David, a Jerusalem office worker, is tired of hearing people call Israel's 190 percent inflation rate, mammoth foreign debt, yawning trade deficit, and unsteady stock market an ''economic crisis.''
''What worries me,'' he says while unloading a carefully budgeted mix of staple foodstuffs at a supermarket checkout counter, ''is the danger to the social fabric of this country. . . .''
He is, he very nearly shouts, ''damned bitter'' at what has become of the Jewish state he emigrated to a quarter century ago. Many Israelis feel less bitter or draw different lessons from their country's tightest economic straits in decades. Yet many share David's sense that the crisis is not just an economic one.
Dollars-and-cents calculations seem to be forcing political choices on Israelis. Ultimately at issue is Israel's identity: socialist or laissez faire; secular or religious; territorially expansive or modest; externally bankrolled or more nearly self-propelling.
Specifically, the agenda includes questions like how long the Israeli Army will stay in Lebanon or how many Jewish settlements get planted on the West Bank - and whether the conservative government will manage to serve out its term, until 1985.
Under Prime Minister Yitzhak Shamir, both a West Bank settlement freeze and an early pullout from Lebanon are highly unlikely.
If Israel's economic woes theoretically give its American bankrollers ever greater leverage on such questions, there is no sign yet that Washington is inclined, or able, to force the West Bank settlement freeze it says it wants. Indeed, a congressional committee proved true to tradition early this month by adding $250 million to the already hefty administration aid proposal for Israel. The result is a proposed record $2.5 billion package of economic and military aid - all of it, for the first time, in outright grants.
Yet the need to set spending priorities is encouraging strain among Israel's ethnic, religious, social, and political groups. Gone are the days when conflict with the Arab world defused such internal differences. Gone are the towering leaders - David Ben Gurion, Golda Meir, and Menachem Begin - whose ability to define national goals and capture loyalty might put the Israeli edifice back together again.
A rare example of bipartisan teamwork helped create the current economic mess. Labor, which ruled Israel for its first three decades until 1977, built a state-dominated welfare economy marked increasingly by mismanagement, waste, and official corruption. Mr. Begin introduced an equally mismanaged trend toward laissez faire. He lifted currency-exchange restrictions, printed a lot of money, and financed with ludicrously overvalued Israeli currency a boom in stock trading and luxury imports.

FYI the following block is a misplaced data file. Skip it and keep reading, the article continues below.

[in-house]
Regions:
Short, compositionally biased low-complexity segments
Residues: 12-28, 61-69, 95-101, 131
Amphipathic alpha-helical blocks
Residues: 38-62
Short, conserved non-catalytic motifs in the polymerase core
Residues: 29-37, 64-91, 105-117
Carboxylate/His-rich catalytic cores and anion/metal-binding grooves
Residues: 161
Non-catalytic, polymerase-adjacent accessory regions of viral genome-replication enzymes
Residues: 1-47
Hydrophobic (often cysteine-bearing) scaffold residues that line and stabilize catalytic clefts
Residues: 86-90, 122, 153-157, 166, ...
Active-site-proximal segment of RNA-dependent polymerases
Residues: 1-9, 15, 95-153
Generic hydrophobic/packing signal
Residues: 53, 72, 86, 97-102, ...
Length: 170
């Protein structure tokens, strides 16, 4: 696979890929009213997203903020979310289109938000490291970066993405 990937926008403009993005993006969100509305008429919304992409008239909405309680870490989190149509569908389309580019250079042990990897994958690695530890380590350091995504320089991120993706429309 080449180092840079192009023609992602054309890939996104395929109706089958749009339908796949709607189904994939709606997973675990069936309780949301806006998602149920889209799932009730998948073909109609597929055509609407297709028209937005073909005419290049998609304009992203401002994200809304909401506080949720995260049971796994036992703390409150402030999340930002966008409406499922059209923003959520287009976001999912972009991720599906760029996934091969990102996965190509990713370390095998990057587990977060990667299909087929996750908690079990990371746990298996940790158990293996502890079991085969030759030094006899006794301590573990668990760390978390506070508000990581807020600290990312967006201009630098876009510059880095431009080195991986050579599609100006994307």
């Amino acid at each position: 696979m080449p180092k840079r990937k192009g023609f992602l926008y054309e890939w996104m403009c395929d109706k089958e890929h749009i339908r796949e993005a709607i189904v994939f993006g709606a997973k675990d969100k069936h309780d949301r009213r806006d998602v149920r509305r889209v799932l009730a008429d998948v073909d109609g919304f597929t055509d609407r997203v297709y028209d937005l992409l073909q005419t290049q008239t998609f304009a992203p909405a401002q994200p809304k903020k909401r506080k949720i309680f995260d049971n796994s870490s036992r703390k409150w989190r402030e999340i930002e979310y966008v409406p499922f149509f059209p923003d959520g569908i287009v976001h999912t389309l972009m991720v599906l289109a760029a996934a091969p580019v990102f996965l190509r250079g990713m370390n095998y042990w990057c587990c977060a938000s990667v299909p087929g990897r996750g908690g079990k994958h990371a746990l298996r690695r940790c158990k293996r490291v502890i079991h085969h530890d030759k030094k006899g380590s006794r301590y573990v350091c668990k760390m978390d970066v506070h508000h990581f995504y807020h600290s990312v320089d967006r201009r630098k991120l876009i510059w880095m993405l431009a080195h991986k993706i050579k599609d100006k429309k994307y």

The result: a newly and artificially well-off middle class. Then came the inevitable stock-market crash. Then, last fall, came ''austerity'' in the form of official warnings that the standard of living and consumption must drop through at least the end of 1984.
Various pressures - a rash of strikes or go-slow protests, and special-interest demands from within the coalition - have produced an oddly Israeli brand of austerity. Foreign-currency restrictions have been reintroduced. The Israeli shekel is regularly devalued. State consumer-price subsidies are being phased out. A car dealer says sales have dived by 70 percent since the stock market crashed.
Yet workers do continue to get automatic wage bonuses to compensate for at least a good chunk of the 190 percent inflation. The government and banks are subsidizing inflation-indexed bonds and other schemes, printing money, and in effect financing a recent revival of the Tel Aviv stock market.
Unemployment has gone up only slightly, and the government has sworn off any move to allow it to rise more than a percentage point or two. The government notes that Israel is a state whose future existence depends on attracting Jewish immigrants and forestalling the ''brain drain'' that unemployment or further austerity measures might provoke.
At Mahane Yehuda, Jerusalem's fruit-and-vegetable market, shoppers explain with a mix of rancor and pride the ''miracle'' of making ends meet in an economy where monthly salaries are only a few hundred dollars, while prices are roughly the same as in the United States.
Almost all Israelis overdraw their bank accounts as a matter of course, with government and bank acquiescence. Other people are defying foreign-currency restrictions by buying dollars or other inflation-proof commodities on the black market. Many people hold down more than one job - often not declaring their second incomes for tax purposes. Both husband and wife usually work.
At the market, a woman who emigrated from the US suggests two ''obvious'' exits from economic crisis: ''First, get out of Lebanon. To stay there is costing us a bundle. And it is not worth it, not the money and not the lives lost. Second, leave the (occupied) territories.'' On the West Bank issue a recent poll shows widespread support for reduced settlement expenditures.
Pegging the cost of West Bank settlement is hard, since it falls under a slew of different budgets and ministries. But estimates are between $350 and $750 million a year. The Lebanon war is estimated to cost Israel $100 million daily.
A few market stalls away, a young immigrant - with the skullcap of a religious Jew - argues that any substantial cut in defense spending seems an unrealistic hope. He says it would be folly to pull out of Lebanon hastily. And he scoffs at the suggestion that it is time to freeze West Bank settlement for the good of the economy.
''Sure, that costs a lot of money. But by that reasoning, why not give the whole country back to the Arabs? Then you'll save a lot!''